Two Day Rondy 2015 Inbound
|The folks on the two-day inbound trip met at the Barstow Harvey House bright and early Thursday morning. After the greetings and hugs, we headed out in the wrong direction and were immediately lost. Seems the leader’s GPS had decided to keep all the trip waypoints in some secret, unreadable cache. We were back in the dark ages, leading with a compass and a topo.|
After tossing the GPS out the window (not really, just metaphorically) we somehow managed to work our way out of Barstow in the right direction. Several wrong turns later, we actually found our first site, the elusive XB-70 crash site in the middle of nowhere. If you can choose between being good or lucky, definitely choose to be lucky. Our luck did improve and we managed to visit a rock house, an old mining camp complete with arrastra, two springs, an abandoned ranch, an abandoned airfield, a couple of rock tanks and Coolgardie. Our last stop for the day was for a group photo perched in an abandoned sailboat, again in the middle of no where. We camped Thursday night at a pretty little site near Black Canyon. Many thanks to the campers, and especially Ron Lipari, for a wonderful happy hour and potluck.
We left camp earlier than usual Friday morning so that we would have time to visit the Desert Research Institute, a remarkable place beyond my ability to describe here. Suffice it to say that it was hard to get everyone moving on again to meet up with the Friday trip participants at Hinkley. After donuts at Hinkley, we headed west through Harper Valley. Oh joy, the GPS was alive again! It led us down some hardly ever used roads to the site of the Howard Hughes Hanger on Harper Lake. After finding some artifacts from the D2 (Hughes’ experimental WWII plane) we moved on to the Harper Lake wildlife area, complete with duck pond. Next, we passed through the old town site of Lockhart which has been totally covered over by a massive solar facility. The now trusty GPS led us on to McDonald Well and a goldfish pond in that same old place we love, the middle of no where.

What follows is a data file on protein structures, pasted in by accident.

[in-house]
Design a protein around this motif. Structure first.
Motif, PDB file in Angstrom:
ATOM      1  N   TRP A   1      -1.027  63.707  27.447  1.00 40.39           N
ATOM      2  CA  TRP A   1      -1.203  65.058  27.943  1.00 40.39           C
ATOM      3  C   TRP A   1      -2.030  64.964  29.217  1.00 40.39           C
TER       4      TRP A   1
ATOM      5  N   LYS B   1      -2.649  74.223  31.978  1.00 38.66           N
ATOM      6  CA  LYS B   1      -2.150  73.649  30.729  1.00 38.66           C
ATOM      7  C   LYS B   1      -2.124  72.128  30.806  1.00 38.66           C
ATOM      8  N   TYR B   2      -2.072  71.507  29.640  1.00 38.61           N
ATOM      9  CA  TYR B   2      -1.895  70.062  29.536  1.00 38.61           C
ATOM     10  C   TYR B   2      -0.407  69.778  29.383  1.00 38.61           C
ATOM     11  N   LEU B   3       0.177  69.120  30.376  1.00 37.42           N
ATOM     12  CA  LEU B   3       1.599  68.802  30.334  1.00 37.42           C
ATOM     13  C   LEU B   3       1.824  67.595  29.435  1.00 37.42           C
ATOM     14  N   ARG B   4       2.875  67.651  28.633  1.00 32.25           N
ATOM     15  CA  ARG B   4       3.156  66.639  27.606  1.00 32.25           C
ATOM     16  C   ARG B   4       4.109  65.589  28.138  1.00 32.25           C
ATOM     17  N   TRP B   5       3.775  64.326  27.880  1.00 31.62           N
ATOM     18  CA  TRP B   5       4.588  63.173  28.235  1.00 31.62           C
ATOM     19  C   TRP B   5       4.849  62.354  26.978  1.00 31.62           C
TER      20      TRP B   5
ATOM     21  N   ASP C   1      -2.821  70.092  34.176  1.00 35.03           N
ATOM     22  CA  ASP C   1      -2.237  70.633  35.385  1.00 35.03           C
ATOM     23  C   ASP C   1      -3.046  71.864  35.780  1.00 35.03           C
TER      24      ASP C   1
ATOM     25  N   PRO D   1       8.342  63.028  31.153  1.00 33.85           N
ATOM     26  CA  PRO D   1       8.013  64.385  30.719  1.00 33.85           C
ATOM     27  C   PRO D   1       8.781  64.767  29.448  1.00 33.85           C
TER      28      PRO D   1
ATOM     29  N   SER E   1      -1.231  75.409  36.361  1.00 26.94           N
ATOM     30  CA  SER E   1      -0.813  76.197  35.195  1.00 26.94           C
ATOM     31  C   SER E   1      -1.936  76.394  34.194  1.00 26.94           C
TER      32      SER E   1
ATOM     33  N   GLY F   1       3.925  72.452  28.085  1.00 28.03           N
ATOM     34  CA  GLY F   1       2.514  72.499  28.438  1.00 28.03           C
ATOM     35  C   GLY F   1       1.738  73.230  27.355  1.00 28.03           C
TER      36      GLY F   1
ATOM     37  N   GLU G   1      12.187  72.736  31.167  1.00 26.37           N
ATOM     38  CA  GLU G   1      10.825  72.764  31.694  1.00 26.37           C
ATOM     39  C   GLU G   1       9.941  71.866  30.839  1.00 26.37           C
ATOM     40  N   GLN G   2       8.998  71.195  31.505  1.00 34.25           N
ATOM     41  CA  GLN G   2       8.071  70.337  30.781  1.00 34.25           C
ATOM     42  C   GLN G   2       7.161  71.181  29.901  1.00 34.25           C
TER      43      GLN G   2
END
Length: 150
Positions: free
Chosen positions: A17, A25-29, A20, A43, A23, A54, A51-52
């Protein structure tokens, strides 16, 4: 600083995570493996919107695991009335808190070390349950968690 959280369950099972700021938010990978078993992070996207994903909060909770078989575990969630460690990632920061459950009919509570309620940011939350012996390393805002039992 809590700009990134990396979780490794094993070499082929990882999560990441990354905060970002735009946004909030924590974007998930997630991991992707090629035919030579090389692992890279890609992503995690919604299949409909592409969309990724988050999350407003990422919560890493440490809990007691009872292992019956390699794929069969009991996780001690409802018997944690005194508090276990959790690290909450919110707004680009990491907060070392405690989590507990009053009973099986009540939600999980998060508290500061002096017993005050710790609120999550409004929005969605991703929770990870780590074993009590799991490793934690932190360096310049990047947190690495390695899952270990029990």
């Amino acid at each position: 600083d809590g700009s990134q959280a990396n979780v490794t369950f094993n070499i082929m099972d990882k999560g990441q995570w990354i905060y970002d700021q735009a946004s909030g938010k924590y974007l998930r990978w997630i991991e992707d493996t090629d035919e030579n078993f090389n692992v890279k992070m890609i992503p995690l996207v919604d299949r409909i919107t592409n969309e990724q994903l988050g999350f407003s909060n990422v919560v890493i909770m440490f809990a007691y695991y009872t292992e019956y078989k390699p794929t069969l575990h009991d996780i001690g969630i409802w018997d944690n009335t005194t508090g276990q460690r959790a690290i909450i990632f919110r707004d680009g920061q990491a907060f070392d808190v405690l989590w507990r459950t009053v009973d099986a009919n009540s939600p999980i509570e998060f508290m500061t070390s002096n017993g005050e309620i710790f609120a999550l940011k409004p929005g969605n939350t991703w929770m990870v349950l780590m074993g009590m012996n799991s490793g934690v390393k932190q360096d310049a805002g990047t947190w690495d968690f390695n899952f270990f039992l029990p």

At McDonald Well, we met two friendly motorcycle riders. We encountered them again several times during the day and it was always great fun. They knew a lot about the Motorcycle Monument we visited above Bird Spring. We lunched at Earthscope before taking the wilderness corridor road through Grass Valley, where we saw the most spectacular wildflowers of the trip, including the rare Desert Candle. There still are a lot of remains at Blackwater Well on the Twenty Mule Team Route, where we ran out of time to explore. A few bumpy miles later we reached Johannesburg and followed Hwy 395 to Lone Pine, friends, camp and wine.